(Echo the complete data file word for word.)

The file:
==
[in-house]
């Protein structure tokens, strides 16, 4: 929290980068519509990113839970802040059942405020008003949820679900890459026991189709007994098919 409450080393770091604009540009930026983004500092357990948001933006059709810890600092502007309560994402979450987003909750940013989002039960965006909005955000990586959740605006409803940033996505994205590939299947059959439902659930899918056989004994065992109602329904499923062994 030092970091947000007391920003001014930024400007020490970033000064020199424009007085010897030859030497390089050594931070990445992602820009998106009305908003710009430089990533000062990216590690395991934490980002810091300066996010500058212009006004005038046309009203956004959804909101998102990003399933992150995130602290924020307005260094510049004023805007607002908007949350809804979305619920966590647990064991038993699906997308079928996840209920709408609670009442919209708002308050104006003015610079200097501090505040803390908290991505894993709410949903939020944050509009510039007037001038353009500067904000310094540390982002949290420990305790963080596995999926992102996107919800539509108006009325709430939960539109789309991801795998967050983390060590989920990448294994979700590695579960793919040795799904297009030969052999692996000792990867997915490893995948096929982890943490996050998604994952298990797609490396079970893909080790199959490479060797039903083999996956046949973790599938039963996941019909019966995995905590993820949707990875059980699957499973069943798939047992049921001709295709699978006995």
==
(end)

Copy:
[in-house]
């Protein structure tokens, strides 16, 4: 929290980068519509990113839970802040059942405020008003949820679900890459026991189709007994098919 409450080393770091604009540009930026983004500092357990948001933006059709810890600092502007309560994402979450987003909750940013989002039960965006909005955000990586959740605006409803940033996505994205590939299947059959439902659930899918056989004994065992109602329904499923062994 030092970091947000007391920003001014930024400007020490970033000064020199424009007085010897030859030497390089050594931070990445992602820009998106009305908003710009430089990533000062990216590690395991934490980002810091300066996010500058212009006004005038046309009203956004959804909101998102990003399933992150995130602290924020307005260094510049004023805007607002908007949350809804979305619920966590647990064991038993699906997308079928996840209920709408609670009442919209708002308050104006003015610079200097501090505040803390908290991505894993709410949903939020944050509009510039007037001038353009500067904000310094540390982002949290420990305790963080596995999926992102996107919800539509108006009325709430939960539109789309991801795998967050983390060590989920990448294994979700590695579960793919040795799904297009030969052999692996000792990867997915490893995948096929982890943490996050998604994952298990797609490396079970893909080790199959490479060797039903083999996956046949973790599938039963996941019909019966995995905590993820949707990875059980699957499973069943798939047992049921001709295709699978006995």